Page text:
There are many very fine amplifiers capable of driving these three AR speakers, but they all share in common relatively high power, great stability into capacitive-reactive loads and stability into very low impedances.  These are common to all of the amps capable of driving these speakers, and I doubt that anyone could ever detect differences between them with a proper double-blind listening test.  That said, I can tell you the amplifiers I have used over the years with my AR-LSTs, AR-3as, AR-10s and AR9 speakers (and other speakers).  I have used a McIntosh MC2500, Threshold s/500, Crown Studio Reference I, and more recently a QSC PLX-3602 (still in use).  Each of these amps performed well with these speakers without any issues whatsoever, and I don't think I could ever have detected any differences between them. 

So, to answer your question, there is probably no "best" amplifier for driving these speakers; only those amps that are stable and powerful should be used, and there is no real sonic differences among them. 

McIntosh_2500_(01b).jpg

1.  McIntosh MC2500 amplifier (500/500).  The McIntosh amplifier is built very much like a Hewlett-Packard instrument, lots of cast-aluminum, stainless-steel hardward, military-grade gold-plated printed circuit boards and so forth.  Built to last.  It will produce full output power into 1, 2, 4, 8, 16 ohms without any problems.

McIntosh_2500_Test_(05A).jpg

2.  This shows the power output of the MC2500 (720 watts/channel continuous until the 20A circuit breaker tripped at the McIntosh Clinic).

McIntosh_2500_(04a).jpg

3. Heavy construction and auto-transformers used in the MC2500.  There was no transformer-output phase shift or other issues sometimes reported in the audio press, as these were special "bifilar-wound" (very closely spaced windings) transformers patented by McIntosh years ago.  These transformers were 100% linear within all audio frequencies, but the transformers added hugely to the cost and weight (130 lbs).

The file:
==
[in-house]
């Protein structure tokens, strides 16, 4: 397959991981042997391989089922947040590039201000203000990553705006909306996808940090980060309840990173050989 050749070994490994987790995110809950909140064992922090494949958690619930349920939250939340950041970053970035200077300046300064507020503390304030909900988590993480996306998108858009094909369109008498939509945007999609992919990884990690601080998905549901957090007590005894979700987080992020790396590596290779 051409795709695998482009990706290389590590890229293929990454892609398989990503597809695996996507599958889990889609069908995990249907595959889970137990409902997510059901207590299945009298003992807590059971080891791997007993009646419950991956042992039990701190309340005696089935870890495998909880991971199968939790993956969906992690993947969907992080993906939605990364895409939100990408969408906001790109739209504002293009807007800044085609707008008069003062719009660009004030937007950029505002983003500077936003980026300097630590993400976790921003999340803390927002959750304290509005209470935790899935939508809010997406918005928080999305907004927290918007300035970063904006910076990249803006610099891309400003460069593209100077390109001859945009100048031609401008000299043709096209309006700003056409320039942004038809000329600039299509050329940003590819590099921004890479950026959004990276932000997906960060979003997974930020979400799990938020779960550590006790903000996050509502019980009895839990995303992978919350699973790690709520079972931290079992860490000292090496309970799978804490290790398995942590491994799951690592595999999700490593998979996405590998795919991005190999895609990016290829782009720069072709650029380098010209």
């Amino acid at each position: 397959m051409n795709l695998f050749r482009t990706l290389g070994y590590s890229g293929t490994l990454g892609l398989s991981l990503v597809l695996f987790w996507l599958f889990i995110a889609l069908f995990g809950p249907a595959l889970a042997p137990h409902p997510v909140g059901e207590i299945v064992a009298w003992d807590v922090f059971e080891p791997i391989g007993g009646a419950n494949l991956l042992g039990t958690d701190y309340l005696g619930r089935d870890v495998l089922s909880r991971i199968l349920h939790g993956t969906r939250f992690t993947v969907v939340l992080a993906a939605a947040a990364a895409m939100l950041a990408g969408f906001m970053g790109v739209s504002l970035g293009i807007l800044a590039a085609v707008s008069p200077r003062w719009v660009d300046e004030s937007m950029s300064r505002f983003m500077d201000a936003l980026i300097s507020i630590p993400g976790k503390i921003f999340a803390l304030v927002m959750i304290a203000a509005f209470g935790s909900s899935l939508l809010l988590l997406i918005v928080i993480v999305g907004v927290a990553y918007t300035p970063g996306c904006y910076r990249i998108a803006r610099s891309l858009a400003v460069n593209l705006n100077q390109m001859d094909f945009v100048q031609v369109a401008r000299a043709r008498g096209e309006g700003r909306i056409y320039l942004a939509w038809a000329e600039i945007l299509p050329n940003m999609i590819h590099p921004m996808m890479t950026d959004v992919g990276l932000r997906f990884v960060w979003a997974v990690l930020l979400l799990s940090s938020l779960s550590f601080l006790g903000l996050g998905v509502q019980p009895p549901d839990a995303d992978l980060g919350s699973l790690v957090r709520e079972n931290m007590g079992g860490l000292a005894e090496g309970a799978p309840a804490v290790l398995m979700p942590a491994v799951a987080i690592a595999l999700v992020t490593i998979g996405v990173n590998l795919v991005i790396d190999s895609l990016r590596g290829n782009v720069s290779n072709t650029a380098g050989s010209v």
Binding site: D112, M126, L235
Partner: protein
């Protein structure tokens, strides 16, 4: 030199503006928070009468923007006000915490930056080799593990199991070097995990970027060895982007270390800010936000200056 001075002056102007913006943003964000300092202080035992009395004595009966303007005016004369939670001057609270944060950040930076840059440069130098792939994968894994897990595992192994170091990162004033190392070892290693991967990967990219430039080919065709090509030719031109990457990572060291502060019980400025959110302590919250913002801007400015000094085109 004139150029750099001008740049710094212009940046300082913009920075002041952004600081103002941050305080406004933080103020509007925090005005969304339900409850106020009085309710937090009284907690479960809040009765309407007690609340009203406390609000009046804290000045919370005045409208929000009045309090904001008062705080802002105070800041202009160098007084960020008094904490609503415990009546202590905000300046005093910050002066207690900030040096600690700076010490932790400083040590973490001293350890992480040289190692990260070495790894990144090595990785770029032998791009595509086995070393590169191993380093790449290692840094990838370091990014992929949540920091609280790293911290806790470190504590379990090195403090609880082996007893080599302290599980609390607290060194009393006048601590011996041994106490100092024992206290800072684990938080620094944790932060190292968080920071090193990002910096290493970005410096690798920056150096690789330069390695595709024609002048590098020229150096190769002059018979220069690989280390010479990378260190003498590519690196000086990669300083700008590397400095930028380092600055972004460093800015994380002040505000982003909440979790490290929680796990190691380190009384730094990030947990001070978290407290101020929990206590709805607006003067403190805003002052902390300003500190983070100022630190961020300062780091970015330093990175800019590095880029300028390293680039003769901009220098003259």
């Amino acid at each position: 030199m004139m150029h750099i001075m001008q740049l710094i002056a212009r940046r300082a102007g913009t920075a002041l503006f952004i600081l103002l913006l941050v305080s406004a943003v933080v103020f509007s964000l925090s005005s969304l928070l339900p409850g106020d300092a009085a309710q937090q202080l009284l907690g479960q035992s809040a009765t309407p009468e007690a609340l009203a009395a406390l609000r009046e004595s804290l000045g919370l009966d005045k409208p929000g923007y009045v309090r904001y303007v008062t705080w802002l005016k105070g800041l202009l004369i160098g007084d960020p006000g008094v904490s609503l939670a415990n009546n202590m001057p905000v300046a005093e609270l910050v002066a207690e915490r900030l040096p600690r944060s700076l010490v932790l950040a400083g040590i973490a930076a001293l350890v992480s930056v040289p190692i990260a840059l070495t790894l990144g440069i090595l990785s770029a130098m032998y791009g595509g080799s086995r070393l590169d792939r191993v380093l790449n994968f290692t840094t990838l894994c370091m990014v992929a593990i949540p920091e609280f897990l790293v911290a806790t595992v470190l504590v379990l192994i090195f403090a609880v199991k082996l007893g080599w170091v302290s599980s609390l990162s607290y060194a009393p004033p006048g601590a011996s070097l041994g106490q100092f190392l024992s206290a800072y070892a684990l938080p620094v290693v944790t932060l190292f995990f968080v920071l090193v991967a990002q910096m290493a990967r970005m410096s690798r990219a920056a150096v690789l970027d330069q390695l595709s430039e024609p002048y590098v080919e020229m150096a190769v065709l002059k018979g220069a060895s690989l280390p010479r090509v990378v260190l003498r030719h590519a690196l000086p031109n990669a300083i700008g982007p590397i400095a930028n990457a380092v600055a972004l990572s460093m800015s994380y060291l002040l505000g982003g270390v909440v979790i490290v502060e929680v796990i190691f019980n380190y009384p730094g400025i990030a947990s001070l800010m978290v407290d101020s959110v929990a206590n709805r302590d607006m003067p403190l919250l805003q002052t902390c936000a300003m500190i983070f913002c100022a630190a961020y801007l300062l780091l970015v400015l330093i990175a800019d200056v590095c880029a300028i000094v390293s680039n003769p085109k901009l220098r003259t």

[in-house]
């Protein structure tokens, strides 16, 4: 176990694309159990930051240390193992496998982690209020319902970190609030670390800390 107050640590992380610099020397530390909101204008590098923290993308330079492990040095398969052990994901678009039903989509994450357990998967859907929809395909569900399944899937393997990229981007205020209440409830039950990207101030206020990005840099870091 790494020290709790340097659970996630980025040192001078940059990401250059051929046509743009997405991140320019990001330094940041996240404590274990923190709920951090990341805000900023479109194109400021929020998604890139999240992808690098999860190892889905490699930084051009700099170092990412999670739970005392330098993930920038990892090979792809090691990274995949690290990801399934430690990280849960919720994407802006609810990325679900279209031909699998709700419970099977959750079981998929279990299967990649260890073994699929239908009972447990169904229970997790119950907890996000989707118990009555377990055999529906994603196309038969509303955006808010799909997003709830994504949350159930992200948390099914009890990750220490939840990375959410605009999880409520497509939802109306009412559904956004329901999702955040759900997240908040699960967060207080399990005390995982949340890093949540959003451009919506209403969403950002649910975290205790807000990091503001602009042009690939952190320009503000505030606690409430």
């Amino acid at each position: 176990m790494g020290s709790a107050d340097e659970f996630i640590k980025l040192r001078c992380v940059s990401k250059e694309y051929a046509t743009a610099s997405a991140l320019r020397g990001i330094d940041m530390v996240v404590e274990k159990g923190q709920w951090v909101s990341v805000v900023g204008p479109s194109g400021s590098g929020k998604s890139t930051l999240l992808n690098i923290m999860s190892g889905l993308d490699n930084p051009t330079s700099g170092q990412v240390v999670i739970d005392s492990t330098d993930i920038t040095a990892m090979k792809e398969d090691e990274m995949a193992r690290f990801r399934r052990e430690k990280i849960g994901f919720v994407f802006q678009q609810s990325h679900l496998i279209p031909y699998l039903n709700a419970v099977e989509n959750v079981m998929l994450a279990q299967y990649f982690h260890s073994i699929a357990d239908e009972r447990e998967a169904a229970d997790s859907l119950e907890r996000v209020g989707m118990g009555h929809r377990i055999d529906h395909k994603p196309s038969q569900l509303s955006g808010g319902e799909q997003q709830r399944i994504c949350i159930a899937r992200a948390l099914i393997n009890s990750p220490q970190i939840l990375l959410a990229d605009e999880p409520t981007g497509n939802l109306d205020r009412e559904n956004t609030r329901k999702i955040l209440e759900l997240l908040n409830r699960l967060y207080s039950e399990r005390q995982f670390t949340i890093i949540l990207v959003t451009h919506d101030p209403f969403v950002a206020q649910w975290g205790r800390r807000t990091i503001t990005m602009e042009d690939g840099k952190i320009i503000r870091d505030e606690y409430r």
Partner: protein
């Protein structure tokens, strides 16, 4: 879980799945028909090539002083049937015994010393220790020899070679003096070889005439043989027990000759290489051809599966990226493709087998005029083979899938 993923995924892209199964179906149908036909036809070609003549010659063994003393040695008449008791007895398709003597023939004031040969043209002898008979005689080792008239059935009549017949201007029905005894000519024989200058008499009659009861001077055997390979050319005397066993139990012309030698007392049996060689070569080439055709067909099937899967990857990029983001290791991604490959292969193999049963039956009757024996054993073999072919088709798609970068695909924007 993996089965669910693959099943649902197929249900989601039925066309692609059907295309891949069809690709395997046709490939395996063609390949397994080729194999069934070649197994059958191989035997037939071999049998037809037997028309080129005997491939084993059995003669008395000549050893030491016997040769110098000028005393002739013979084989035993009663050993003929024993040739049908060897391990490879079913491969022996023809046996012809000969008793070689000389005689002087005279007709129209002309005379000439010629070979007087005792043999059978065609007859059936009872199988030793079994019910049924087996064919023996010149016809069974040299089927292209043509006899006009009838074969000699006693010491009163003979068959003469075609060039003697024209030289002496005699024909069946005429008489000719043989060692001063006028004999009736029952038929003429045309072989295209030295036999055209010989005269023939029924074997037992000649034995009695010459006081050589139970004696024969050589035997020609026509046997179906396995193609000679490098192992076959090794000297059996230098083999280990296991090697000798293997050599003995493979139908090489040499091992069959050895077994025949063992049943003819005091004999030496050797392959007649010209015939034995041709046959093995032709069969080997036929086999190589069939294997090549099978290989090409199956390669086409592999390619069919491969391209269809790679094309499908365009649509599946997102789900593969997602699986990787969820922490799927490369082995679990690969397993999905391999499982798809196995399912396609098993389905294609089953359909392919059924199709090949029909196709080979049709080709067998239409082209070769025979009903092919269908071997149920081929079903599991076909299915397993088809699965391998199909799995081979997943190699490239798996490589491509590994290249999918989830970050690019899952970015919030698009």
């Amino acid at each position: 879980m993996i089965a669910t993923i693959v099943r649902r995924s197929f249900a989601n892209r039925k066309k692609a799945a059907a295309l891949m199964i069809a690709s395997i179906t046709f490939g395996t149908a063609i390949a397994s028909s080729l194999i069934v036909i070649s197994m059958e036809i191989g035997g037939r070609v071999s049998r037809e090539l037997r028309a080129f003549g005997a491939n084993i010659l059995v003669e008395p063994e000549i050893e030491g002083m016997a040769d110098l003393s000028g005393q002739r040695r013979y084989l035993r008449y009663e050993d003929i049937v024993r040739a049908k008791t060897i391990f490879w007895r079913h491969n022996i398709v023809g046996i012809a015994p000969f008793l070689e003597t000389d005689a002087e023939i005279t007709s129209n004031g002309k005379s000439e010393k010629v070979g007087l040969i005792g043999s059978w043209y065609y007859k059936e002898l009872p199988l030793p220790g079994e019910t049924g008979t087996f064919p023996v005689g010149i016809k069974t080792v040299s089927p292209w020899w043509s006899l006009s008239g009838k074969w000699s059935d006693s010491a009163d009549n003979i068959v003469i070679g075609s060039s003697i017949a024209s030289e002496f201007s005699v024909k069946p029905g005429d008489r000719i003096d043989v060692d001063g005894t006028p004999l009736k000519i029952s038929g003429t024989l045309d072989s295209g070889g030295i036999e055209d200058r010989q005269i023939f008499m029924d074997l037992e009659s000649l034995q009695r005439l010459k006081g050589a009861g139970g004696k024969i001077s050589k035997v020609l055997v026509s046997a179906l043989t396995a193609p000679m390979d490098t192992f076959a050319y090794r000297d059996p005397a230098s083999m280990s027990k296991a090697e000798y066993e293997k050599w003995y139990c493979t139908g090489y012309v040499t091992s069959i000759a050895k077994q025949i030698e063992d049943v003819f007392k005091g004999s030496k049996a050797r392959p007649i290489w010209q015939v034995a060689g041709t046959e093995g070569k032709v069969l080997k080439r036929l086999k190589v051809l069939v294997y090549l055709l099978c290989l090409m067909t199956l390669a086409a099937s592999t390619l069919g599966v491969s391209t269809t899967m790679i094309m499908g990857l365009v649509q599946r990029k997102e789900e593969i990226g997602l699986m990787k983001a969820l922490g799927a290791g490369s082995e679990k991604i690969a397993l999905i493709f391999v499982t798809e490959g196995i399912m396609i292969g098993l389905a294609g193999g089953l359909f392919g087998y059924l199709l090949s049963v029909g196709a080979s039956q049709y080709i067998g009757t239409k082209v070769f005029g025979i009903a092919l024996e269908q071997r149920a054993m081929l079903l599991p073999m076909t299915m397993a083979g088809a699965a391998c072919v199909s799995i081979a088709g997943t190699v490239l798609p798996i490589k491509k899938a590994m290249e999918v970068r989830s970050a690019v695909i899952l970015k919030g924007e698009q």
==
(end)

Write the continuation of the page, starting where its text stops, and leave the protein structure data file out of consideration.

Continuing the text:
s500_002.jpg

4. Threshold Stasis S/500 Stereo Amplifier (250/250).  This amplifier is unconditionally stable into any load of any impedance.  It also has gold-plated, military-grade epoxy circuit boards and very high-quality components.  Threshold is gone now, but it was one of Nelson Pass' better efforts over time.  This particular S/500 picture was courtesy of the internet.

1-025-025506-Crown-Macro-Reference_1.jpg

5. Crown Studio Reference I, a powerhouse amplifier drawing a lot of line current.

Studio-Reference-NEMA_TT30 Powercord_002.jpg

6. Crown Studio Reference I 30-Amp TT30 NEMA power cord, requiring a special 30-amp receptacle or 220 wiring.

PLX3602_front_right_hi.jpg

7. QSC PLX-3602 Class-H 3600 watt pro amplifier currently in use.

--Tom Tyson

 

Hello Tom,

Thank you very much for answering.
You are very experienced so every information you give us about AR loudspeakers is always very useful  to every reader in this forum. I have noticed you have used and still use very powerful amps.  Do you think the more power the better for sound quality even for normal sound pressure levels?
 Although it is a controversial issue,  I have generally noticed the more power the better with transistor amps (using the same type of circuit). On the contrary, imho,  push-pull tube amps (about 40-80 watts) using a single pair of tubes per channel (6550, kt 88 etc), sound generally better than more powerful amps using parallel pairs of push-pull tubes and the same kind of circuit.
What is  your experience and opinion about this question?
 
Thanks again
 
Luigi